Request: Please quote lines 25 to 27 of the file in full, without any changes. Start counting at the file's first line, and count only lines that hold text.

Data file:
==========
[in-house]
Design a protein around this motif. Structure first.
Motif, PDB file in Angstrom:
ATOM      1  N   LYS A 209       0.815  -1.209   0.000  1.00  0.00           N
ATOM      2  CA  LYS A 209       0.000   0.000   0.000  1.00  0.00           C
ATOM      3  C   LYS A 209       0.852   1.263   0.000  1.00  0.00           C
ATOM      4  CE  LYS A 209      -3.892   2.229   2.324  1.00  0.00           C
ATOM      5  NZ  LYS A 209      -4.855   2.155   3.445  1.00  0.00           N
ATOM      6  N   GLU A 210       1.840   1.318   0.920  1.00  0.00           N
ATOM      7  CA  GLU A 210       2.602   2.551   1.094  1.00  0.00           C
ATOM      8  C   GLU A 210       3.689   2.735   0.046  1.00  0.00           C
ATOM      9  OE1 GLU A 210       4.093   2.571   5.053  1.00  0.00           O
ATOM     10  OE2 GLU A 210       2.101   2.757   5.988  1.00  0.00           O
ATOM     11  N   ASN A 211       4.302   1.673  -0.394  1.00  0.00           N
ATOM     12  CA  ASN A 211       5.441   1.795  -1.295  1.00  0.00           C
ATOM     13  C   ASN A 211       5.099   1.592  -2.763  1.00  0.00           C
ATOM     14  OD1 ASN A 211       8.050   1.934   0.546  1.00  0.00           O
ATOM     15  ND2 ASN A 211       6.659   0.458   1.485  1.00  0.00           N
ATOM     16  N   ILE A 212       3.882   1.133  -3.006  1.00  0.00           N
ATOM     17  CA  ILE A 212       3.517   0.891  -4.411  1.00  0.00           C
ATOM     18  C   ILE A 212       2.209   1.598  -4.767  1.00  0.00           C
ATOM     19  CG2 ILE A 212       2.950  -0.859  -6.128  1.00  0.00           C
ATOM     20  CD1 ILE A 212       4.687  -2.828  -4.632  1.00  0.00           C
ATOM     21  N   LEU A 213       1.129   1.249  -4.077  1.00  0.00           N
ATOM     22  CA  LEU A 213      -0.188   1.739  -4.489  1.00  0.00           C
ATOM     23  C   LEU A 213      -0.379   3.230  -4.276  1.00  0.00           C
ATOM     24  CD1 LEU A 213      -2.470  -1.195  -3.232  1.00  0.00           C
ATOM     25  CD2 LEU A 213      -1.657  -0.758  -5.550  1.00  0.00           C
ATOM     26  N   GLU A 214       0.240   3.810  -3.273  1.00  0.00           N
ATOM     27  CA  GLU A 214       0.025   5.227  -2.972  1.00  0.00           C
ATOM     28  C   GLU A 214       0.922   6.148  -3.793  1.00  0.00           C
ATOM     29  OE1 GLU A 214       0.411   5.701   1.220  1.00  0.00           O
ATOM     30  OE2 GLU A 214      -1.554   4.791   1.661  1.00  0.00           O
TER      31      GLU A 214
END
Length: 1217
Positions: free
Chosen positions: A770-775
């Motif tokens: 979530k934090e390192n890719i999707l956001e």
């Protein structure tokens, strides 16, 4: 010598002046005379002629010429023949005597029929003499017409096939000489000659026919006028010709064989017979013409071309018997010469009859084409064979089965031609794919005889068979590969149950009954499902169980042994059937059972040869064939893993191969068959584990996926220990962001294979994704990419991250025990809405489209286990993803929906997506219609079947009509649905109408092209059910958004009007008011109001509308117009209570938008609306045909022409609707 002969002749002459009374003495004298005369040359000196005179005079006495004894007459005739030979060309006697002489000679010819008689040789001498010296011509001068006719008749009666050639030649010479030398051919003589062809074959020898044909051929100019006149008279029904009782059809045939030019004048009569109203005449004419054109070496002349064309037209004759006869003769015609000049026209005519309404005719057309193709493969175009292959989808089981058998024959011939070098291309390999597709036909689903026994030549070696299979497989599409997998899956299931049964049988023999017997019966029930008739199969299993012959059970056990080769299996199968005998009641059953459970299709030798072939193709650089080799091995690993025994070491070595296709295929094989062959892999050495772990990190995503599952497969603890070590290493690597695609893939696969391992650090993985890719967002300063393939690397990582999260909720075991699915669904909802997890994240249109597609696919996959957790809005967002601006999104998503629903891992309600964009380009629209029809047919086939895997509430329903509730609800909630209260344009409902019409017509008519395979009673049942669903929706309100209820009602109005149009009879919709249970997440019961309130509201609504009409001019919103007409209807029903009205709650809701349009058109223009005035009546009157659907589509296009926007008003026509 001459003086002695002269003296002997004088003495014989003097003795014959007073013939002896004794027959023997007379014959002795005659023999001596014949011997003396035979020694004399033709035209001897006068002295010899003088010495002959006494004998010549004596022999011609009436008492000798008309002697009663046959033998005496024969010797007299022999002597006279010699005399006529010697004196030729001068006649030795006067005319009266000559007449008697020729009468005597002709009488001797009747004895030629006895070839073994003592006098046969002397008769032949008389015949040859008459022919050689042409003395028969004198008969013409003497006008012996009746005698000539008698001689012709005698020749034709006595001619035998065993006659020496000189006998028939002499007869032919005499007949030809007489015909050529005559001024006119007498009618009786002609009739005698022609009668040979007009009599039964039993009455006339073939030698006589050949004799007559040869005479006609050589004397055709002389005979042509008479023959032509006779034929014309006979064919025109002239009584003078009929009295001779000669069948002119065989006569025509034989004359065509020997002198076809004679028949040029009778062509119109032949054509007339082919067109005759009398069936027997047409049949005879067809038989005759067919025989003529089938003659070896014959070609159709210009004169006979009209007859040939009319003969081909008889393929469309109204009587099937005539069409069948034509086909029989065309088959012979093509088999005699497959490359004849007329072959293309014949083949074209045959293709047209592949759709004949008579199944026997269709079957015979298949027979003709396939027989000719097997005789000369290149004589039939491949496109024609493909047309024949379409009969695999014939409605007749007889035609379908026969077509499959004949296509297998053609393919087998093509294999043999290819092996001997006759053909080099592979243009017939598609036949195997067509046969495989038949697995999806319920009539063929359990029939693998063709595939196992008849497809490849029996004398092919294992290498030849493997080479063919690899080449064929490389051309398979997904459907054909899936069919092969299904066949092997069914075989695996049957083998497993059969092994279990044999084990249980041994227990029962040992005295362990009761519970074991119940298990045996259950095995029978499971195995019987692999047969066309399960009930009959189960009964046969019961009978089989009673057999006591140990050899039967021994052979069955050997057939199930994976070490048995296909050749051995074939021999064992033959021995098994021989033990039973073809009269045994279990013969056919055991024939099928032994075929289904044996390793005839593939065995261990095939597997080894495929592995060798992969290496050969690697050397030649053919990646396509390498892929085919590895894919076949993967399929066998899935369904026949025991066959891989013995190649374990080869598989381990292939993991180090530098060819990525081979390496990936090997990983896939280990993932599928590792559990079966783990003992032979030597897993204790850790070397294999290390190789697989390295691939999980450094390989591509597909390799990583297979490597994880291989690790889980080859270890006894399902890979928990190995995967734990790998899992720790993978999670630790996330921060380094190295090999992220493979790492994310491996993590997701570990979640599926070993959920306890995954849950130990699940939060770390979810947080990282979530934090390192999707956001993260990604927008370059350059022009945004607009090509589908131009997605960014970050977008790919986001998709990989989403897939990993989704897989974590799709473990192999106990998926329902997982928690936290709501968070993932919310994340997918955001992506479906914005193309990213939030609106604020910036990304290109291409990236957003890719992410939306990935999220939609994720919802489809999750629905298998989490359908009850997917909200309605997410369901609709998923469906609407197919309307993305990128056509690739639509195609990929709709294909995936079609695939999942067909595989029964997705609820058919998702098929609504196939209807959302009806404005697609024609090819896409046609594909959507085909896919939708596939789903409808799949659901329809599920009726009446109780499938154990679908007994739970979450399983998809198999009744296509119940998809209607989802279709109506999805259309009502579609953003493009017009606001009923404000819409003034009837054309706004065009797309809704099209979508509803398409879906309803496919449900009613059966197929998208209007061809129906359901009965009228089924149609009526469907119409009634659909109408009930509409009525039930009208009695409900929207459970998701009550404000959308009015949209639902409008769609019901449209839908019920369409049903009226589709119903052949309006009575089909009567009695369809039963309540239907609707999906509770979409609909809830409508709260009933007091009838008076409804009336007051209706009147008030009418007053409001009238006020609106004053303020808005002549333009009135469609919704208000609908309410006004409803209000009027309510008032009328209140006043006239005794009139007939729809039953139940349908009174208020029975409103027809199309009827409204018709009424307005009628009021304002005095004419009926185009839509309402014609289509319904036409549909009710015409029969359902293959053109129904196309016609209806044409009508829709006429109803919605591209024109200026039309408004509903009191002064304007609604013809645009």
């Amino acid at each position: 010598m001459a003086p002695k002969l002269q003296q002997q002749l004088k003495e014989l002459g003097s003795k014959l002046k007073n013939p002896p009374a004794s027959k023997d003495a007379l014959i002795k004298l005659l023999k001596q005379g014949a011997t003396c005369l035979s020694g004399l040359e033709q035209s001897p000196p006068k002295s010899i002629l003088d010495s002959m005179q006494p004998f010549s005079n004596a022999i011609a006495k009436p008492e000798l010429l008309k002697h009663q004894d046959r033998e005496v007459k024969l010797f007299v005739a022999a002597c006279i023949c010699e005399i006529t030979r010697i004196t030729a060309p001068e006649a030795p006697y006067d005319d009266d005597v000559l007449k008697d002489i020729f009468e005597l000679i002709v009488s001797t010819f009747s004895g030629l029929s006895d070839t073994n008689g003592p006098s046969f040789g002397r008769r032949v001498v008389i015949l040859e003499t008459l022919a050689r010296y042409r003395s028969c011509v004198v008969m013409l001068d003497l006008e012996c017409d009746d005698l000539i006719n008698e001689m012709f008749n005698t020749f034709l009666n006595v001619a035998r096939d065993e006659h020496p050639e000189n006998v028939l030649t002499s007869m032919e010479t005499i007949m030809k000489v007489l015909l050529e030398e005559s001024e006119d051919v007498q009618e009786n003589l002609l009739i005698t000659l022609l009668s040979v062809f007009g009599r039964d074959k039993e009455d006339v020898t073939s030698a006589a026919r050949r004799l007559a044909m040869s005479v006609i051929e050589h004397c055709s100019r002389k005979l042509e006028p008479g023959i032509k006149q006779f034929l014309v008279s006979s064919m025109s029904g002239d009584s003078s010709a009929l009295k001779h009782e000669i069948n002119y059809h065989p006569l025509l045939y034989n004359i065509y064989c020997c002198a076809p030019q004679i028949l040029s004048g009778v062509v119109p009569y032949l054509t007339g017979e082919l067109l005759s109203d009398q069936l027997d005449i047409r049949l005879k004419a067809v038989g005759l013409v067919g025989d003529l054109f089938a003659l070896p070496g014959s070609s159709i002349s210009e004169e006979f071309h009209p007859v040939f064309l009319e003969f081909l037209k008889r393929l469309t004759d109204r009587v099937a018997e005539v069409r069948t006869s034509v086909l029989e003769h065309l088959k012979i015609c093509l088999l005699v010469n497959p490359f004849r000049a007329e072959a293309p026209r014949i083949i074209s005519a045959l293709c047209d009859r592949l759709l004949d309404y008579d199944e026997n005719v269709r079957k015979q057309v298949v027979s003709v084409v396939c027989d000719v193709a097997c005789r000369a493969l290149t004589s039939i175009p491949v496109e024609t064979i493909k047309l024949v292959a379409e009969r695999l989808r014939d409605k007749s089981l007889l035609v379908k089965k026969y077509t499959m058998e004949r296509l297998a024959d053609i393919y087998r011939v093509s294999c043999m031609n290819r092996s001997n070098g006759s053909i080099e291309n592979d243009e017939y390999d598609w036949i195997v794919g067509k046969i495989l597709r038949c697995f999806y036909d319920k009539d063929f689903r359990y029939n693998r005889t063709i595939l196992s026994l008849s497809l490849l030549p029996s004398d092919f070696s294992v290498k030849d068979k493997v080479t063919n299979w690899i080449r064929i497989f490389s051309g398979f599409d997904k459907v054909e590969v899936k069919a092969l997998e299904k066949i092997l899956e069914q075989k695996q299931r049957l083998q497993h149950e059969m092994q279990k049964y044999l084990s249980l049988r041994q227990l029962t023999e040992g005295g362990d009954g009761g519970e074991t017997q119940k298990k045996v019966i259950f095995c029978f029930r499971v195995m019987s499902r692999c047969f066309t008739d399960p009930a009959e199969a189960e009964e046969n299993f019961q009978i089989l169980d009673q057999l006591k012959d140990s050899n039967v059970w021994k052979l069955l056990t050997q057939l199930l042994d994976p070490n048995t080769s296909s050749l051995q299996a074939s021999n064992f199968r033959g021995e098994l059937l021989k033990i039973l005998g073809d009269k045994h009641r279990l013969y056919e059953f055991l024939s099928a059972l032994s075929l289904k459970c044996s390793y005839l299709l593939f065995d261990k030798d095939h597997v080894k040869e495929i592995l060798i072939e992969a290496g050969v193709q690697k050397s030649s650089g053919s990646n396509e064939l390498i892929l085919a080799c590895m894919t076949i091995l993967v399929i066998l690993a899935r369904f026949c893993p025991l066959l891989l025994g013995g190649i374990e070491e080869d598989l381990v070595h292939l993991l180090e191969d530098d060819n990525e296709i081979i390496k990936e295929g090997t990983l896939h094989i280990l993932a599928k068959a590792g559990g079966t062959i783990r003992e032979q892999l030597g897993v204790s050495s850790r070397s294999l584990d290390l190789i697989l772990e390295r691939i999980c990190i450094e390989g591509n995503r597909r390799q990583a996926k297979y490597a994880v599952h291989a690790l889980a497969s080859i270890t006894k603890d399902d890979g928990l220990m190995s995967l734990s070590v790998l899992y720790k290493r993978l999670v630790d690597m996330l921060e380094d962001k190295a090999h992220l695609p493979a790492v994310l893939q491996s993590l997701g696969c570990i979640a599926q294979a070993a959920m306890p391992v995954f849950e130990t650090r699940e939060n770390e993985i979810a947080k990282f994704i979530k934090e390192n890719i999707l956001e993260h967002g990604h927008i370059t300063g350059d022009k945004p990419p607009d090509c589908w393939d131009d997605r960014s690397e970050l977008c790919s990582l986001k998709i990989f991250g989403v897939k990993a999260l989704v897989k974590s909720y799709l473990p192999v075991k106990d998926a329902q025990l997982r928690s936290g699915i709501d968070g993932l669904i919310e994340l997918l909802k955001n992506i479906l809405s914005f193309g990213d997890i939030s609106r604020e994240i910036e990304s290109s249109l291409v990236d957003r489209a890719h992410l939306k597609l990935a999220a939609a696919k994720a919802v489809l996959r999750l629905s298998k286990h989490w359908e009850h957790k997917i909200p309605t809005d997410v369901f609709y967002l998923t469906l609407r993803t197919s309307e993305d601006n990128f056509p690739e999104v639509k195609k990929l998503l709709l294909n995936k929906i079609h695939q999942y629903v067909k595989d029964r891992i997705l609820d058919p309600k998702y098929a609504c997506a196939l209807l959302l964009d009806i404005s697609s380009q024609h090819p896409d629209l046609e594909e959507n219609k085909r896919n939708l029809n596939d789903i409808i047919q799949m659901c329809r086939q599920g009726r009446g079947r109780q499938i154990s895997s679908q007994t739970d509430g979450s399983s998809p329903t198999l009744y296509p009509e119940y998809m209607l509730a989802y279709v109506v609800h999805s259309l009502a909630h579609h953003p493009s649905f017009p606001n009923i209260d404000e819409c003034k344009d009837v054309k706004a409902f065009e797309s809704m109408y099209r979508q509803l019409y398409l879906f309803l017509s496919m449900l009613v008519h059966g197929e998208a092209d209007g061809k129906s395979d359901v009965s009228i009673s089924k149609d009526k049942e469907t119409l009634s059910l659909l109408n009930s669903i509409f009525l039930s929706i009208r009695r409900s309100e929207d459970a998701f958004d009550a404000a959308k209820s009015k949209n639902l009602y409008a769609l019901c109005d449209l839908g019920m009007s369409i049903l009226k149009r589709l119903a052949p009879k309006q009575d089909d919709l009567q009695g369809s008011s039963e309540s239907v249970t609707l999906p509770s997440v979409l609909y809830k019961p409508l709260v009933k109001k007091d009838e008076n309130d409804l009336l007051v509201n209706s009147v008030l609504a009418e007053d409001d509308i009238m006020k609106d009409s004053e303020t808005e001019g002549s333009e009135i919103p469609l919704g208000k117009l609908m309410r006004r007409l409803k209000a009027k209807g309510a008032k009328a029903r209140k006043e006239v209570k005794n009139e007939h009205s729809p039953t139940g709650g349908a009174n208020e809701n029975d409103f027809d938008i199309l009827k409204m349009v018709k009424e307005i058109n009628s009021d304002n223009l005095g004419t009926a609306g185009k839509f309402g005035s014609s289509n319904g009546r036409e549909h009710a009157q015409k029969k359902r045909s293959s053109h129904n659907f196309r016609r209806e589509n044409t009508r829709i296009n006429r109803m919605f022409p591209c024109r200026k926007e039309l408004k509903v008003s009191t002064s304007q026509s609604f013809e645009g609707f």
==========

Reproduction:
ATOM     22  CA  LEU A 213      -0.188   1.739  -4.489  1.00  0.00           C
ATOM     23  C   LEU A 213      -0.379   3.230  -4.276  1.00  0.00           C
ATOM     24  CD1 LEU A 213      -2.470  -1.195  -3.232  1.00  0.00           C